GeneMind’s Single Molecule Sequencer

It’s been a while since we heard much from Direct Genomics. This Shenzhen based sequencing company was a reboot of early NGS player and Quake spinout Helicos.

The company is also notable for being founded by Jiankui He. He is the scientist responsible for the germ-line genetic editing of 3 human babies. And is reportedly serving a 3 year jail sentence.

One of the last papers referring to the Direct Genomics sequencing platform is this one from 2017. Where they discuss the Direct Genomics GenoCare single molecule sequencing platform.

With He’s jail sentence the future of Direct Genomics seemed uncertain. But it looks like the GenoCare platform still exists. Now under development by GeneMind, a Shenzhen based Biotech company founded in 2012. A couple of papers appearing this year describing the platform under their stewardship.

In particular a medRxiv paper from September this year, describes a new two color single molecule sequencing approach.

This seemingly uses the same virtual terminators as the original Helicos approach, with the dye and “terminator” sitting on the base:

GenoCare two color sequencing isn’t the same as the Illumina two color approach, and doesn’t appear to provide the same advantages. On GenoCare’s platform two terminators (C and T) are labelled with a green dye, and two others (G and A) with a red dye [1].

This means that of each cycle, 4 images still need to be acquired. One set after flowing in C and A. And another after cleaving the dyes and flowing in T and G [2]:

In contrast to this, Illumina two color sequencing incorporates information from “dark” bases. This means they can take only two images, and perform no intermediate chemistry in their two color approach:

Illumina’s 4,2 and 1 channel chemistries compared. Image from Illumina.

The GenoCare two color approach therefore doesn’t provide any advantage in terms of imaging speed/performance. Though the optics is likely cheaper than a four color system, it’s unclear as to why they don’t use a two color approach similar to Illumina’s which would allow them to take only two images, with no intermediate cleavage step on the same optical system. Perhaps there are IP issues here.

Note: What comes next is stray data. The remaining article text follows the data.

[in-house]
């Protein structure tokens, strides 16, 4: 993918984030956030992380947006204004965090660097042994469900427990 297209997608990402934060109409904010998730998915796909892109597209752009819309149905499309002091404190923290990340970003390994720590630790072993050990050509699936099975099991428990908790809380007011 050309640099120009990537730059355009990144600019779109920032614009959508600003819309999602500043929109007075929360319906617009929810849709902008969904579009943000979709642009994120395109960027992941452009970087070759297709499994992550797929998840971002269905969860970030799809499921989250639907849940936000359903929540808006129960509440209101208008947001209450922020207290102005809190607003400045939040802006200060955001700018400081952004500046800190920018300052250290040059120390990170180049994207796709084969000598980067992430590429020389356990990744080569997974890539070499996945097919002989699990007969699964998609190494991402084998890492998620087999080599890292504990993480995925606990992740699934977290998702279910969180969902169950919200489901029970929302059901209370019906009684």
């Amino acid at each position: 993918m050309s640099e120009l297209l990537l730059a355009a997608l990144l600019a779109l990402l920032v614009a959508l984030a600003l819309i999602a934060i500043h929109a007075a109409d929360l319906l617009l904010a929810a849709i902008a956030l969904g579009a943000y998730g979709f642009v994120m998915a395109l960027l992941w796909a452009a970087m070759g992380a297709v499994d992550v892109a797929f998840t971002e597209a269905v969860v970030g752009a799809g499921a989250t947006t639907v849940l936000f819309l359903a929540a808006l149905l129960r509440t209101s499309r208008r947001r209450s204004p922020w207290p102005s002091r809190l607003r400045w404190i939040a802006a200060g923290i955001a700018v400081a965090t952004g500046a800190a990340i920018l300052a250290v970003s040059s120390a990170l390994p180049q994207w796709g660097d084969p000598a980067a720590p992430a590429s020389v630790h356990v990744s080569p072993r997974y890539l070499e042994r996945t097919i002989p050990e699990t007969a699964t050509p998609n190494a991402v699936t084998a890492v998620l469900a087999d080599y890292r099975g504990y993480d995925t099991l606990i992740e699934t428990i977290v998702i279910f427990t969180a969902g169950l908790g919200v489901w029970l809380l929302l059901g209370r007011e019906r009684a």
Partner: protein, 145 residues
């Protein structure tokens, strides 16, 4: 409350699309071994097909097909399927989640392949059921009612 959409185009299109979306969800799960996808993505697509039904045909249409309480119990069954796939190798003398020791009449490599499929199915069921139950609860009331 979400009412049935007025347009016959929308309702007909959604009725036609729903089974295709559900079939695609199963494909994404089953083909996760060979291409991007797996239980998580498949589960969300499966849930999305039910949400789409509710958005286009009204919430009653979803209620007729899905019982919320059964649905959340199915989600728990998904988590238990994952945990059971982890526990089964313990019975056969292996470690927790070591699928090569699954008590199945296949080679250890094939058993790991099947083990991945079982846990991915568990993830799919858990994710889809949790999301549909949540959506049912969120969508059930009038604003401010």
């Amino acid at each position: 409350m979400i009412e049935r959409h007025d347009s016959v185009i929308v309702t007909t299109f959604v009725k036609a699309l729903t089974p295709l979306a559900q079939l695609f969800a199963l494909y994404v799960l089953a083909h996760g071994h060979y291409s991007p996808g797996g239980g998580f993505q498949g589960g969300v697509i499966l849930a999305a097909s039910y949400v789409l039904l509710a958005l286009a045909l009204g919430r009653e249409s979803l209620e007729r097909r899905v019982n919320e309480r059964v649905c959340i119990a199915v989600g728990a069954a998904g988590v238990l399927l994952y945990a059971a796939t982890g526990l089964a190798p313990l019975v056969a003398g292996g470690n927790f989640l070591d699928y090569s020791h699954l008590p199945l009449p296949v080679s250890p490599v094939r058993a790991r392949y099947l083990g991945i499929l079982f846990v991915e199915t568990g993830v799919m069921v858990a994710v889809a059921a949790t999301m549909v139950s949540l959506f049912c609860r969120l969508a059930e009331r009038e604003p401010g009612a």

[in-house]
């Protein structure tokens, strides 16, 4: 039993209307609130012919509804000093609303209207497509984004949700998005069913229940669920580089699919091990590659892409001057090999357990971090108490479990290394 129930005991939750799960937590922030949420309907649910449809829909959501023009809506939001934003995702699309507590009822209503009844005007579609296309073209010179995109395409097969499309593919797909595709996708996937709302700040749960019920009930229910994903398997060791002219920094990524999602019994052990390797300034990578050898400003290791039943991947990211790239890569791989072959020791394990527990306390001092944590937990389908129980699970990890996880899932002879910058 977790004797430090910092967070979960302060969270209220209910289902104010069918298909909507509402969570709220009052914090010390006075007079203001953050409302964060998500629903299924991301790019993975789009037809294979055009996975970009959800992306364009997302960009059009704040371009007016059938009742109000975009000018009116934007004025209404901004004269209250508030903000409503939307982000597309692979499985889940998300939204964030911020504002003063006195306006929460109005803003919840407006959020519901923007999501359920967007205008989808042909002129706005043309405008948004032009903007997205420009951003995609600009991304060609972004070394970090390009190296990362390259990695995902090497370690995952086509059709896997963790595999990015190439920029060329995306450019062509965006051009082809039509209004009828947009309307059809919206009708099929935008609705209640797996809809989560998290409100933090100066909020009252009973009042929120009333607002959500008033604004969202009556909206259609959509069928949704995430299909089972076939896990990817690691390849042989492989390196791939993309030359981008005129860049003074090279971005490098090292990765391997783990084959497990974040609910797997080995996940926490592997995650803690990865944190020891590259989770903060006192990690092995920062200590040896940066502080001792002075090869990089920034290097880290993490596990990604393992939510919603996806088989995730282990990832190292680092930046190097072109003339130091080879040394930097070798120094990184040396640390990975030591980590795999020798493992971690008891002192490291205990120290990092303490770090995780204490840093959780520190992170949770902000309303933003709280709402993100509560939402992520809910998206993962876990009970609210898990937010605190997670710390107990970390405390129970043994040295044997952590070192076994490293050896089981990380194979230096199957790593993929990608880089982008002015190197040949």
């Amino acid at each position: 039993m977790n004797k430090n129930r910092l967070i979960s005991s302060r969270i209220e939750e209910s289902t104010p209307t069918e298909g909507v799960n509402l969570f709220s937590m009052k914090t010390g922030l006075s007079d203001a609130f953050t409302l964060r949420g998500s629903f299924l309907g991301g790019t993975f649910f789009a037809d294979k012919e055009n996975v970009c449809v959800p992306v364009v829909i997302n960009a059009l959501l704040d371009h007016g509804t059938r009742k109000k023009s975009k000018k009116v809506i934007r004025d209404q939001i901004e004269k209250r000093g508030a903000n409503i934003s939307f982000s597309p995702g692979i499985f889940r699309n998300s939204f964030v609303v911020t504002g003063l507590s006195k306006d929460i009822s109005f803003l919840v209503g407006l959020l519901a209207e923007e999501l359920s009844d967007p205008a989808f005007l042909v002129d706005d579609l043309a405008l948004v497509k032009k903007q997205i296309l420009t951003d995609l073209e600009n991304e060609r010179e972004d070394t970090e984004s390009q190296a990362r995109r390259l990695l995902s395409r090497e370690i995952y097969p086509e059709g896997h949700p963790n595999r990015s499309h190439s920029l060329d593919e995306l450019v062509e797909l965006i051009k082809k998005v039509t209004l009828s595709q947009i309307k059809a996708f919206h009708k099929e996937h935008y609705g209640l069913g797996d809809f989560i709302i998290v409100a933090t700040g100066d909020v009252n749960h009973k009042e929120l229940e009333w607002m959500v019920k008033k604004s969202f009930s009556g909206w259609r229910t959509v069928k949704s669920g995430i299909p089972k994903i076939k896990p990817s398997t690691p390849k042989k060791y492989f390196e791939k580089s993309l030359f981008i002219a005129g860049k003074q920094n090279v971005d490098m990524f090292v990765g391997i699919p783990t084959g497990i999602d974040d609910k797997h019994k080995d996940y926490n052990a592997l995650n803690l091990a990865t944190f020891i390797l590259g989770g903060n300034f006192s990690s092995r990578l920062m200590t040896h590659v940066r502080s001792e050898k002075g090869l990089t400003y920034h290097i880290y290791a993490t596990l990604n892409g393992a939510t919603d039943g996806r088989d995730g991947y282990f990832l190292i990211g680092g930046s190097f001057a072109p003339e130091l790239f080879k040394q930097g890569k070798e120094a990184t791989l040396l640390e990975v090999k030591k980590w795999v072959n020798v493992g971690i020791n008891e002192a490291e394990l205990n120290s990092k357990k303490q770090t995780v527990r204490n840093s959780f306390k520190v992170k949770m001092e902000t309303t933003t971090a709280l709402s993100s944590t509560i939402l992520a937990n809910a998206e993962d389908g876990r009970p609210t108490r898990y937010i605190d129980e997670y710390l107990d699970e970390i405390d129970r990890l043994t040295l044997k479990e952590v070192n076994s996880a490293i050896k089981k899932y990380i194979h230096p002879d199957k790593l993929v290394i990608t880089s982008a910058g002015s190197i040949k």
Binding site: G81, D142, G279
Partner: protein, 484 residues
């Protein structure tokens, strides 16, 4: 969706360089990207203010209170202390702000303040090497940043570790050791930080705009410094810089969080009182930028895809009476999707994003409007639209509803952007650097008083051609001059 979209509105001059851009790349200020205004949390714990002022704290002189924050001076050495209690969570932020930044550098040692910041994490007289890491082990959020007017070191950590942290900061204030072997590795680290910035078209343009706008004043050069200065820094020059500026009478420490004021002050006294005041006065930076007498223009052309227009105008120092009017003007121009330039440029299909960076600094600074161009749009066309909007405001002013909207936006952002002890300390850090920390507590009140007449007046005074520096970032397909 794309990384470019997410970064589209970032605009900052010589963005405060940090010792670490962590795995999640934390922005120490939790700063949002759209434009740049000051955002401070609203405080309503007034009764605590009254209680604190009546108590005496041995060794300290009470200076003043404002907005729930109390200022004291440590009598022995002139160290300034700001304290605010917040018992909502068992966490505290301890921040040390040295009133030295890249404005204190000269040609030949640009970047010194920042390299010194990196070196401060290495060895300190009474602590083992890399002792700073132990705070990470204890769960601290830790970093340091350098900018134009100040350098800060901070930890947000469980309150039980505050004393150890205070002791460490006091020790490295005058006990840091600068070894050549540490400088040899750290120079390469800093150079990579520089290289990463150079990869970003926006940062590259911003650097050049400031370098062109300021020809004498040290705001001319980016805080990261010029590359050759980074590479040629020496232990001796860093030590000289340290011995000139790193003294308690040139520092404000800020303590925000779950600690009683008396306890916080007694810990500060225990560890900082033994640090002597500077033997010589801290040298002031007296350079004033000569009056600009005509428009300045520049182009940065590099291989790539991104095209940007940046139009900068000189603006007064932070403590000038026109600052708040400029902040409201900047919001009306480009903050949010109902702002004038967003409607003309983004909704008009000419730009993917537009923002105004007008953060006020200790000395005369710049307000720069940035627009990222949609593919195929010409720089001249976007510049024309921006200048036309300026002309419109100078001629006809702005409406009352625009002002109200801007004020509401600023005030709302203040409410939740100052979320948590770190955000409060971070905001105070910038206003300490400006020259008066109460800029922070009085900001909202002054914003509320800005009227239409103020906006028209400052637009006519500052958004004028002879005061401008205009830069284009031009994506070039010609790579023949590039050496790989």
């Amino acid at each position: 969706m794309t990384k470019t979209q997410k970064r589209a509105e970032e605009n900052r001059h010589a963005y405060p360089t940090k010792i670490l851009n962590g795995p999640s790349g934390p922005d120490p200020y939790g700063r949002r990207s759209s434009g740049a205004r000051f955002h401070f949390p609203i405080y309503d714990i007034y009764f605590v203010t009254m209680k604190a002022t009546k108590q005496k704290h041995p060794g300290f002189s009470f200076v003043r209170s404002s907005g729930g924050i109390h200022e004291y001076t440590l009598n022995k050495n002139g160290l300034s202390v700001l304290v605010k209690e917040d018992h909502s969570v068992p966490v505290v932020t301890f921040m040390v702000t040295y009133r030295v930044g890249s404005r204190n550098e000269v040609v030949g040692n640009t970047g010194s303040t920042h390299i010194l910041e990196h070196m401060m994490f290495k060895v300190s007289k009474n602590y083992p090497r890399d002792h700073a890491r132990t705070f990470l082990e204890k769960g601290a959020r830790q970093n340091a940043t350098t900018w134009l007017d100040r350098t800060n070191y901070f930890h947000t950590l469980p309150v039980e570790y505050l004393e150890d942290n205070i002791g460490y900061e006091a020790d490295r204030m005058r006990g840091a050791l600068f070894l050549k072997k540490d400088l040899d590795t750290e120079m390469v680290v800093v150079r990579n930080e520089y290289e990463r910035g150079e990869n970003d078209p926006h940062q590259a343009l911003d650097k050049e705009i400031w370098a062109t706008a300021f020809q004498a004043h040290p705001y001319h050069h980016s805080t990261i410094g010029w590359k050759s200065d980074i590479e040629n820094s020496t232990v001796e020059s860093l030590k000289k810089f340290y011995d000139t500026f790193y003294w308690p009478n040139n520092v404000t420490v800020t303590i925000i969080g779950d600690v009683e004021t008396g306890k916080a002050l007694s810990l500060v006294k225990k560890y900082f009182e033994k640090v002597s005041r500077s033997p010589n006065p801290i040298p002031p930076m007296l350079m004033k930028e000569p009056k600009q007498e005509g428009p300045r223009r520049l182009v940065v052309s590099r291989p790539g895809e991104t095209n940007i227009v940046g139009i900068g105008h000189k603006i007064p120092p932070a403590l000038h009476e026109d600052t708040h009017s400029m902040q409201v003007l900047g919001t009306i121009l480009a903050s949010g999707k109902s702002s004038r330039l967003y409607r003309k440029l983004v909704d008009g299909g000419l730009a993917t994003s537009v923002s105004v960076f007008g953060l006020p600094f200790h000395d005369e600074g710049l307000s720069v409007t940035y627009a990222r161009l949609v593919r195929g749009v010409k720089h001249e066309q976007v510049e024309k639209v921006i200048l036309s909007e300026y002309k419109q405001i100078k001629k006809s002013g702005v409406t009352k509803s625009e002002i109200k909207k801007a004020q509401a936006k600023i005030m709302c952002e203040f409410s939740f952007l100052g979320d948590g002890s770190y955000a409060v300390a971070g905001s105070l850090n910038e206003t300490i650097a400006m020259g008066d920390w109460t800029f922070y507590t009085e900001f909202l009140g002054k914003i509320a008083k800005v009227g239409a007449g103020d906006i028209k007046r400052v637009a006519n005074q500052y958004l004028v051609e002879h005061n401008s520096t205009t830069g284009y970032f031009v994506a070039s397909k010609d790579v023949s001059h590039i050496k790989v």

The GenoCare optical system uses objective style TIRF and a sCMOS camera. This appears to generate reasonable quality images, showing an SNR of >10. There have been huge advances in single molecule imaging since Helicos and this should simplify imaging/data analysis.

However, this doesn’t seem to have translated into massive improvements in data quality. With the GenoCare system showing mismatch, insertion, and deletion error rates of 0.61%, 1.45%, and 2.76% respectively.

Reads are generally short, but usable. With a lopsided distribution heavy in short reads:

Overall, the GenoCare system has an error rate one to two orders of magnitude higher than the market dominating Illumina approach. Their optical system is likely more expensive (requiring single molecule sensitivity). And read lengths are shorter.

The sole advantage of this platform is that amplification is not required. This may simplify sample preparation, and result in lower bias for certain applications. Of course also the case for other single molecule approaches (PacBio, nanopore).

Overall, it’s difficult to see how this platform could be competitive with Illumina (or the largely similar SBS approach used by MGI)… but perhaps they’ll manage to find a way forward.


[1] “Two terminators are labeled with a green dye, whose peak fluorescent emission wavelength is 552 nm, while the other two terminators are labeled with a red dye with peak fluorescent emission at 664 nm.”. The paper doesn’t appear to not which dyes are associated with which bases, but this combination seems likely from the figures.

[2] The exact combination isn’t clear from the paper, but they can only image one red and one green labelled terminator per imaging cycle to generate an unambiguous read.